In our Universe, when one intelligent life form greets another intelligent life form the first two words that are used in the greeting translated into the common English language are “Hello” and “Breed”.

Hello is used because it is a greeting that is a non-offensive acknowledgement of the other life form.

Breed is used because it is an encouragement of the other life forms continuation and advancement, and at the same time an acknowledgement of the species contribution to the Universe.

In the Australian vernacular the word “G’day” is used in place of the word Hello. G’day is an intelligent word because it is a non-offensive acknowledgement whilst also being a common greeting, one which implies equality because there is no ‘superior’ grace in the casual greeting which is a slang abbreviation of the more formal words “Good Day”. The “G” in “G’day”, whilst obviously an abbreviation of the word “Good”, does away with the superior, righteous, judgemental and virtuous associations with the word “Good”. The use of the abbreviated “G” in “G’day” gives the listener permission and logical reason to interpret the “G” as referring to the more informal meanings of the word “Good”, such as happy, appropriate, great, OK, courteous, accomplished, suitable, healthy and kind-hearted.

Whilst the word “Good” is abbreviated to a simple “G” the word “Day” remains in its full form. “Day” is intelligent because it recognises a common element of the Universe which is that life forms are surrounded by planets that revolve and are located in various proximity to light and heat sources such as Suns; the common feature that planets have is that there exists periods of night and day. The human word day can encompass a whole twenty-four hour period but in the greeting G’day (Good Day) it does not necessarily have to relate to the current day, it could be a reference to a future day, or even covering all of time, because on a rotating planet that is rotating around a Sun, “days” have the characteristic of relentless repetition. So if the greeting G’day is used at daytime it can of course apply to the immediate, whilst if it is night the greeting can equally apply to the night or apply to a future day. Thus, G’day (Good Day) has dual coverage of present tense and future time. So whilst there are life forms that inhabit the night, the shared element is that we all experience night and day but it is Day (light or sunlight) that sustains planetary systems that support life. The word G’day, by mentioning the word “day” also makes reference to the universal concept of time. The intelligent life form that greets us may have a completely different definition for the word “day”, one that pertains to their place in the Universe. “Day” does not exclusively describe a specified length of time; rather it is a word that describes that which is frequent, persistent, recurrent, constant, continuous, relentless, regular, habitual, unfailing and universally overt to all intelligent life forms everywhere in our Universe.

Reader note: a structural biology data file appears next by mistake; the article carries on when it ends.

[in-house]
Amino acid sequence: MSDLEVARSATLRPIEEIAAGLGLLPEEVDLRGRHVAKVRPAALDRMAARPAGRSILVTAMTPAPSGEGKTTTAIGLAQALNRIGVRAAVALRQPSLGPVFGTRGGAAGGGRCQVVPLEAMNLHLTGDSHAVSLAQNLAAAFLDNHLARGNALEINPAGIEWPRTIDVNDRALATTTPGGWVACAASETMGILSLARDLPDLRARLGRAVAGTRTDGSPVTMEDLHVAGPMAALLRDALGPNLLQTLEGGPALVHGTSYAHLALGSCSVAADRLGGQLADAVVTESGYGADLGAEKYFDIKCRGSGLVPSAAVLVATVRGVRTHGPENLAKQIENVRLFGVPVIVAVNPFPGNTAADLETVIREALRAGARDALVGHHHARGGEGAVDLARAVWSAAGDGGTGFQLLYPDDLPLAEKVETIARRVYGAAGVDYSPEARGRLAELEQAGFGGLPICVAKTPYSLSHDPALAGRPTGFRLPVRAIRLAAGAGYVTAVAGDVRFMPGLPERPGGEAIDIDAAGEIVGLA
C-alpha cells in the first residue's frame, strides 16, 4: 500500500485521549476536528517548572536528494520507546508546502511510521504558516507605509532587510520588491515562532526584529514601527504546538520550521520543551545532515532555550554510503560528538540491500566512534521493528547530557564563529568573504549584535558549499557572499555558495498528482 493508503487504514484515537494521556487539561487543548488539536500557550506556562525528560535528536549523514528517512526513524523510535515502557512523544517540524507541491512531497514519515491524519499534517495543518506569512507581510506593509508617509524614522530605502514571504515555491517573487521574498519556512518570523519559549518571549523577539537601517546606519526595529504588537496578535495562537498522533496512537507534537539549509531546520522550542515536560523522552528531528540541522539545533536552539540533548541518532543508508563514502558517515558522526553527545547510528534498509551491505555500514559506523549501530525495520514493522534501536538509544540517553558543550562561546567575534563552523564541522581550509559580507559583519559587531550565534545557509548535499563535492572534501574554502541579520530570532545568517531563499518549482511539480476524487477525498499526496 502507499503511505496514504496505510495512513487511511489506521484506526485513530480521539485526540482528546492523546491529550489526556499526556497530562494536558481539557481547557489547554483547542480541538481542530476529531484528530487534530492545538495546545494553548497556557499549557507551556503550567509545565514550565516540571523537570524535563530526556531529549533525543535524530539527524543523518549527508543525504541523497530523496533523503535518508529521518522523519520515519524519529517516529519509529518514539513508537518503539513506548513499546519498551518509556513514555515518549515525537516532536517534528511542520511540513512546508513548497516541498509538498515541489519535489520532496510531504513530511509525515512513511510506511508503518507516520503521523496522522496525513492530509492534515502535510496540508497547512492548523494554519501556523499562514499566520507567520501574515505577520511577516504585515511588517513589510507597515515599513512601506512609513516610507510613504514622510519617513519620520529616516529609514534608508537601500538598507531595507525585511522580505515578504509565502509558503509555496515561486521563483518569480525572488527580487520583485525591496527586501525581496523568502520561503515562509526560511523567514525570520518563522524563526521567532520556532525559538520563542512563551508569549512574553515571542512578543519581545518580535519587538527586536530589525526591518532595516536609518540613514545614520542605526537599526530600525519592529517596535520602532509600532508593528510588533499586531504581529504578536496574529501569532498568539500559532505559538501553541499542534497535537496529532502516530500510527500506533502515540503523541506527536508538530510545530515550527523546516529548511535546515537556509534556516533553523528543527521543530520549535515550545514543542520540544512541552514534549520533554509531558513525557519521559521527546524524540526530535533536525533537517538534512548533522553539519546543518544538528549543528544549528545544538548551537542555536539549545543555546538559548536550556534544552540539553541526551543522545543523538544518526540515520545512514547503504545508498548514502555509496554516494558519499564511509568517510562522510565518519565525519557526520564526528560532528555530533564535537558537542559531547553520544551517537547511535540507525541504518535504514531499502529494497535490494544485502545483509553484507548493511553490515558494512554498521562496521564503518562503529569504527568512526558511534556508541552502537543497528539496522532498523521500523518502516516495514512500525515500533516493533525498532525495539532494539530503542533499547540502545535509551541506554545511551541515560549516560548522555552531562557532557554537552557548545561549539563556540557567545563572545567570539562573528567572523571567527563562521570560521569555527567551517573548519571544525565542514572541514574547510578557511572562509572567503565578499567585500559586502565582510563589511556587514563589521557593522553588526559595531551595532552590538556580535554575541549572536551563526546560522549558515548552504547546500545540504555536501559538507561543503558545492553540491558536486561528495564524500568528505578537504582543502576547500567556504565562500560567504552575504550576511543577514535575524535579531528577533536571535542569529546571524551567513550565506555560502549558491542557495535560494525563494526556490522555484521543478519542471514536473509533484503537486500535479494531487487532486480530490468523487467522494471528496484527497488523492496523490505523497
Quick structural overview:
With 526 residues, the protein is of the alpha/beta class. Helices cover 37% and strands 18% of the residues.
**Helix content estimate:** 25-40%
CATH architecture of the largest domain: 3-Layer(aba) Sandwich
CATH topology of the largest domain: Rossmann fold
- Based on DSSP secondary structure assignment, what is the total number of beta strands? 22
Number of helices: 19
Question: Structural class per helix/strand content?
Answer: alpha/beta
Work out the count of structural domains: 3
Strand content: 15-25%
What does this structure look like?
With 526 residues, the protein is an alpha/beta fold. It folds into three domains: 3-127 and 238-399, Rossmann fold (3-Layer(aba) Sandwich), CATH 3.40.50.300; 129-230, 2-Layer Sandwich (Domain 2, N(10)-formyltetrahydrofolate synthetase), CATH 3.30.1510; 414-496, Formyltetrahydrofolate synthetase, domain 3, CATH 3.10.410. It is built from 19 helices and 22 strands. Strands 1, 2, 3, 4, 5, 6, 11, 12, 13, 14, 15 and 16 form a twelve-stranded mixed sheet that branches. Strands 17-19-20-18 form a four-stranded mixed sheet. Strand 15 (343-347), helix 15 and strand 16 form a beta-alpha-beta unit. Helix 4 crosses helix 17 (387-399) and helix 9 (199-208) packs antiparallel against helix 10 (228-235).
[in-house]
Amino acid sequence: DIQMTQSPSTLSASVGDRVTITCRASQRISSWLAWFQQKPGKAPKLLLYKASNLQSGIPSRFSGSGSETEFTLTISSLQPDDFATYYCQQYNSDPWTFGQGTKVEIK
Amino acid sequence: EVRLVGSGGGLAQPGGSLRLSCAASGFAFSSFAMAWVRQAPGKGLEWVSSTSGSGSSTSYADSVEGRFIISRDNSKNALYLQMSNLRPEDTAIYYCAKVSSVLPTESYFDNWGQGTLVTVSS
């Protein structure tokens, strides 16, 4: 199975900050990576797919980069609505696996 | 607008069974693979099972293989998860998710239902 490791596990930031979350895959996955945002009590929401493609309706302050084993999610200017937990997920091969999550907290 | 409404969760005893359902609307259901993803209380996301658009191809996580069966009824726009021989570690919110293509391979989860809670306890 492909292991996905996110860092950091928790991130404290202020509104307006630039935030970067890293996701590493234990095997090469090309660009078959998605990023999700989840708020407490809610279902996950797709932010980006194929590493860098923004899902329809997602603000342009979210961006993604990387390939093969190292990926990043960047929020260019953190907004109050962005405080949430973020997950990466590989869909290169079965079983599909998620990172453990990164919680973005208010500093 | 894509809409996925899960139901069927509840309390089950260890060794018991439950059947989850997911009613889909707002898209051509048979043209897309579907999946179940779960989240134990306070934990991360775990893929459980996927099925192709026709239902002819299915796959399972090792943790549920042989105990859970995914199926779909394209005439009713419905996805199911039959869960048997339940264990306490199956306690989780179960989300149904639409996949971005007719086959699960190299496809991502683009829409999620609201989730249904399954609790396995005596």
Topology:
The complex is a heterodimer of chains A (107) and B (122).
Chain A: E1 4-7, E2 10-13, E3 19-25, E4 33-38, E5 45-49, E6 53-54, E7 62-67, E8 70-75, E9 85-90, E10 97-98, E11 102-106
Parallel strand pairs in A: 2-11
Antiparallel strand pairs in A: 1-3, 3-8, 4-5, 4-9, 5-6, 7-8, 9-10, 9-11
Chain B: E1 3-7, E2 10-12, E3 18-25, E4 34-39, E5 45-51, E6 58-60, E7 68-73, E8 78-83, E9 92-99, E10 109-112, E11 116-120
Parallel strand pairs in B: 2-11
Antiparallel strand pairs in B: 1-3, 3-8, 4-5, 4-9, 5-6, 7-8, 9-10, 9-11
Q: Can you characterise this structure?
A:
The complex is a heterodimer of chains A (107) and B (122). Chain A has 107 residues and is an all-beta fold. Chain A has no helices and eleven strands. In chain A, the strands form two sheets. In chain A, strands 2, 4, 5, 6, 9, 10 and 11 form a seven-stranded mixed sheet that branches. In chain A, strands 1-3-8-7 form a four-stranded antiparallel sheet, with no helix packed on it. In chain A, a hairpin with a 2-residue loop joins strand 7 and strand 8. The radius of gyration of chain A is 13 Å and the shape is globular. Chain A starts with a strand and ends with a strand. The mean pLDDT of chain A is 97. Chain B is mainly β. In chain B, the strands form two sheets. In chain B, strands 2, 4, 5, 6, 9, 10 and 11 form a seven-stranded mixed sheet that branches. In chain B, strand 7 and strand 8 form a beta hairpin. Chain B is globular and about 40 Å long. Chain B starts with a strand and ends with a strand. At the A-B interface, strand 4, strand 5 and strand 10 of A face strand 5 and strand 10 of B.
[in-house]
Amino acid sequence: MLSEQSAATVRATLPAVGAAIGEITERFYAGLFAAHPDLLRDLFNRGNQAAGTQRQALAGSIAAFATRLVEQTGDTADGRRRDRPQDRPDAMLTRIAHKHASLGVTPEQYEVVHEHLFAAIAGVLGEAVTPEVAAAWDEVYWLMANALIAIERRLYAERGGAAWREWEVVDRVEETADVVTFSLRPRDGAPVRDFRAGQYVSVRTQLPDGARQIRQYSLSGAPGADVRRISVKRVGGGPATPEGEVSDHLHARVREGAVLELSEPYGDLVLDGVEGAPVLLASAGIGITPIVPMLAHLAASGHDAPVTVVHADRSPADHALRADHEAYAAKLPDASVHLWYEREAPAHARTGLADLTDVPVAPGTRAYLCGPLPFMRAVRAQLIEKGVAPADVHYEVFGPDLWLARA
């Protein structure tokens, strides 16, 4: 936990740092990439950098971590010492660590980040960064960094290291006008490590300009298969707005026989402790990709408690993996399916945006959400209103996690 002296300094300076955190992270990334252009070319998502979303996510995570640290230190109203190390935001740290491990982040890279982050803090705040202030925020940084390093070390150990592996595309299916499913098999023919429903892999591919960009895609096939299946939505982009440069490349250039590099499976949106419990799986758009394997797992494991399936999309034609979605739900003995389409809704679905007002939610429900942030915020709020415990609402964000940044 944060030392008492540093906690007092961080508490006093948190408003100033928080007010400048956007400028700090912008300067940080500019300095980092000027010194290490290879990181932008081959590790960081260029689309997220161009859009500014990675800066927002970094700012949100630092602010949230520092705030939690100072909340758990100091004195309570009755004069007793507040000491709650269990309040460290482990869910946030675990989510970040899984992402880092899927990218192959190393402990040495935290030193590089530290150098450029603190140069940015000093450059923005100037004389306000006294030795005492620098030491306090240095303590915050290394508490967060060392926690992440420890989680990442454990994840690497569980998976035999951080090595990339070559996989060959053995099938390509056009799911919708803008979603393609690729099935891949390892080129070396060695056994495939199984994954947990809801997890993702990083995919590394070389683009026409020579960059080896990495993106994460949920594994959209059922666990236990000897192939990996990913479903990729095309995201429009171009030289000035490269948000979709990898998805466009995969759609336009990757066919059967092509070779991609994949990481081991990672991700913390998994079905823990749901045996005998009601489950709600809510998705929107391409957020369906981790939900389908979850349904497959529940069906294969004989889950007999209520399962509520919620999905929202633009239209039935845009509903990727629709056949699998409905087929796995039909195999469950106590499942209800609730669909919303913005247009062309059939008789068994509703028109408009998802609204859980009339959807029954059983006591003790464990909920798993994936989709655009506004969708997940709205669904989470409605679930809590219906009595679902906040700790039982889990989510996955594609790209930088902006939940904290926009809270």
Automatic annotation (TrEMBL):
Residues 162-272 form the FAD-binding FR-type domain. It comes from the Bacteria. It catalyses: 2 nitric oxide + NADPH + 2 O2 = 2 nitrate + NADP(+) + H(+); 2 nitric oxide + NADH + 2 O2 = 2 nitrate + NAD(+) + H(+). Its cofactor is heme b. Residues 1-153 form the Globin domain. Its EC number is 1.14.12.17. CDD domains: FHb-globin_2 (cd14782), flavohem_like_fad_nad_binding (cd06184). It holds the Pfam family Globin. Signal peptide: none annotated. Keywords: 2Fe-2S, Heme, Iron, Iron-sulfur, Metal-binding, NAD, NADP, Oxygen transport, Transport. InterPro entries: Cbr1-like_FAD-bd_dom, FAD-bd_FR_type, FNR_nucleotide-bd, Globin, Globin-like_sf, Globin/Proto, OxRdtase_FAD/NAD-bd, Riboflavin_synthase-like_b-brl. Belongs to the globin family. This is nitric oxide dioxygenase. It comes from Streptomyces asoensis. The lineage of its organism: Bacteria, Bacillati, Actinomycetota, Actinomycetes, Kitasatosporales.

Australians use “Mate” in place of the word Breed. Mate is a very intelligent and clever word because Mate encompasses all that is in the word Breed, and at the same time easily communicates the comforting affirmation that you are my friend. Mate also implies “oneness” because as life forms we mate (breed) and we “Mate” as in being in a state of connectedness (love). In the old Germanic languages the word mate related to Meat and the underlying notion being that of eating together – thus mutually sustaining life through means other than breeding (offensive – Fucking), which in and of itself may be an out-dated concept to an advanced intelligent life form that may reproduce by other means.

Consider the following awkward list of the two words Hello & Breed translated into other possible words: G’day Mate, Salute Partner, Welcome Consort, Hail Match, Salutation Copulate, Compliments Couple, Regards Reproduce, Hiya Procreate, Hi Multiply, Howdy Propagate, Chairein Beget, Hey Fuck.

G’day Mate is the most intelligent greeting that has ever been uttered by humanity.

Intelligent life exists, and it is in Australia.